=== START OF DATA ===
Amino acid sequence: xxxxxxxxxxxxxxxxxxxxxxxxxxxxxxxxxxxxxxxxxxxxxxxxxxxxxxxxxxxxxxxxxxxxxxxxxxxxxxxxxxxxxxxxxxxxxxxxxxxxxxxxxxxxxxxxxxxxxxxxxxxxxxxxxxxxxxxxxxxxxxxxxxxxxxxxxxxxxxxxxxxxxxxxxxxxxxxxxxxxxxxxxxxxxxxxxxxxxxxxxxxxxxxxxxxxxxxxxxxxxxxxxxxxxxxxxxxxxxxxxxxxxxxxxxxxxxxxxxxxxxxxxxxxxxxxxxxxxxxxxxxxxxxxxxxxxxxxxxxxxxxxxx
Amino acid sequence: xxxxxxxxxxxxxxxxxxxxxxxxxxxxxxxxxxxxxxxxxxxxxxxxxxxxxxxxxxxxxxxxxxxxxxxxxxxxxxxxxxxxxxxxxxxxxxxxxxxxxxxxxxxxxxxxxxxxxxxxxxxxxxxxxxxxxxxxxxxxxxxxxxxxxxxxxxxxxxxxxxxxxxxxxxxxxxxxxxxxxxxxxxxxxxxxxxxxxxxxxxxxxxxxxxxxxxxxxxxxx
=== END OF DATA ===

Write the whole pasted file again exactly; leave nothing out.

Amino acid sequence: xxxxxxxxxxxxxxxxxxxxxxxxxxxxxxxxxxxxxxxxxxxxxxxxxxxxxxxxxxxxxxxxxxxxxxxxxxxxxxxxxxxxxxxxxxxxxxxxxxxxxxxxxxxxxxxxxxxxxxxxxxxxxxxxxxxxxxxxxxxxxxxxxxxxxxxxxxxxxxxxxxxxxxxxxxxxxxxxxxxxxxxxxxxxxxxxxxxxxxxxxxxxxxxxxxxxxxxxxxxxxxxxxxxxxxxxxxxxxxxxxxxxxxxxxxxxxxxxxxxxxxxxxxxxxxxxxxxxxxxxxxxxxxxxxxxxxxxxxxxxxxxxxx
Amino acid sequence: xxxxxxxxxxxxxxxxxxxxxxxxxxxxxxxxxxxxxxxxxxxxxxxxxxxxxxxxxxxxxxxxxxxxxxxxxxxxxxxxxxxxxxxxxxxxxxxxxxxxxxxxxxxxxxxxxxxxxxxxxxxxxxxxxxxxxxxxxxxxxxxxxxxxxxxxxxxxxxxxxxxxxxxxxxxxxxxxxxxxxxxxxxxxxxxxxxxxxxxxxxxxxxxxxxxxxxxxxxxxx